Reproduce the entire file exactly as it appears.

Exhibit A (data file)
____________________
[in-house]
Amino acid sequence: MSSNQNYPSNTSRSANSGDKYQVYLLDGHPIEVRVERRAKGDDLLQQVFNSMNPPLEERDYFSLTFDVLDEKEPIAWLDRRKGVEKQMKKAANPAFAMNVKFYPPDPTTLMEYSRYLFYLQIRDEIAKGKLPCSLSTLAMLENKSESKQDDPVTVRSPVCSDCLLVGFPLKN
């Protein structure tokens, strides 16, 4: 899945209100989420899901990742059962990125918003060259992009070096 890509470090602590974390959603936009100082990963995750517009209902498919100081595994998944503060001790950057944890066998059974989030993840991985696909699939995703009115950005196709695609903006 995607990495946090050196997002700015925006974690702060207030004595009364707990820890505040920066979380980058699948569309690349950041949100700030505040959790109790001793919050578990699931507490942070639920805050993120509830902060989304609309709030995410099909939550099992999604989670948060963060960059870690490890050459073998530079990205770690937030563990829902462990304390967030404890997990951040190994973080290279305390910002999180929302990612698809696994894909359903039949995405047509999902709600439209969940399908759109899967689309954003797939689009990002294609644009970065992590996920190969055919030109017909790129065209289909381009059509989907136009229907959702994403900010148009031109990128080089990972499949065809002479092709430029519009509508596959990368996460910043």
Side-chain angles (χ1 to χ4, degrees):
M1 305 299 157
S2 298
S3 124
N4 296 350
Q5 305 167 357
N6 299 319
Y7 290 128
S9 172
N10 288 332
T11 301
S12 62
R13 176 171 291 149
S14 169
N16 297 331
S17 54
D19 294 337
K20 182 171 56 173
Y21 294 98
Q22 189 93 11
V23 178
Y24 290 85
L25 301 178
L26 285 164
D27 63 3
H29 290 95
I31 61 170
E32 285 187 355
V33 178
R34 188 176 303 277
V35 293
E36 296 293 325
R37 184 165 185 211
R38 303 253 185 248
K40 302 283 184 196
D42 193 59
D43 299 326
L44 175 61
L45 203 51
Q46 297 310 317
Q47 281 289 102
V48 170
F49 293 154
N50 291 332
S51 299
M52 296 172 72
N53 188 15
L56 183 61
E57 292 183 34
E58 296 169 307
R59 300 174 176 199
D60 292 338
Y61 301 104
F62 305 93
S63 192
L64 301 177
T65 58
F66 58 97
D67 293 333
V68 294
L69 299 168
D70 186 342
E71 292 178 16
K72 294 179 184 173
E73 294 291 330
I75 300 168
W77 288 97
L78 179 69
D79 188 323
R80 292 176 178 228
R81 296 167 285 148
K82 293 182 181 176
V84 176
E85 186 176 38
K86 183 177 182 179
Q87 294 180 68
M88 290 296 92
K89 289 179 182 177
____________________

[in-house]
Amino acid sequence: MSSNQNYPSNTSRSANSGDKYQVYLLDGHPIEVRVERRAKGDDLLQQVFNSMNPPLEERDYFSLTFDVLDEKEPIAWLDRRKGVEKQMKKAANPAFAMNVKFYPPDPTTLMEYSRYLFYLQIRDEIAKGKLPCSLSTLAMLENKSESKQDDPVTVRSPVCSDCLLVGFPLKN
């Protein structure tokens, strides 16, 4: 899945209100989420899901990742059962990125918003060259992009070096 890509470090602590974390959603936009100082990963995750517009209902498919100081595994998944503060001790950057944890066998059974989030993840991985696909699939995703009115950005196709695609903006 995607990495946090050196997002700015925006974690702060207030004595009364707990820890505040920066979380980058699948569309690349950041949100700030505040959790109790001793919050578990699931507490942070639920805050993120509830902060989304609309709030995410099909939550099992999604989670948060963060960059870690490890050459073998530079990205770690937030563990829902462990304390967030404890997990951040190994973080290279305390910002999180929302990612698809696994894909359903039949995405047509999902709600439209969940399908759109899967689309954003797939689009990002294609644009970065992590996920190969055919030109017909790129065209289909381009059509989907136009229907959702994403900010148009031109990128080089990972499949065809002479092709430029519009509508596959990368996460910043």
Side-chain angles (χ1 to χ4, degrees):
M1 305 299 157
S2 298
S3 124
N4 296 350
Q5 305 167 357
N6 299 319
Y7 290 128
S9 172
N10 288 332
T11 301
S12 62
R13 176 171 291 149
S14 169
N16 297 331
S17 54
D19 294 337
K20 182 171 56 173
Y21 294 98
Q22 189 93 11
V23 178
Y24 290 85
L25 301 178
L26 285 164
D27 63 3
H29 290 95
I31 61 170
E32 285 187 355
V33 178
R34 188 176 303 277
V35 293
E36 296 293 325
R37 184 165 185 211
R38 303 253 185 248
K40 302 283 184 196
D42 193 59
D43 299 326
L44 175 61
L45 203 51
Q46 297 310 317
Q47 281 289 102
V48 170
F49 293 154
N50 291 332
S51 299
M52 296 172 72
N53 188 15
L56 183 61
E57 292 183 34
E58 296 169 307
R59 300 174 176 199
D60 292 338
Y61 301 104
F62 305 93
S63 192
L64 301 177
T65 58
F66 58 97
D67 293 333
V68 294
L69 299 168
D70 186 342
E71 292 178 16
K72 294 179 184 173
E73 294 291 330
I75 300 168
W77 288 97
L78 179 69
D79 188 323
R80 292 176 178 228
R81 296 167 285 148
K82 293 182 181 176
V84 176
E85 186 176 38
K86 183 177 182 179
Q87 294 180 68
M88 290 296 92
K89 289 179 182 177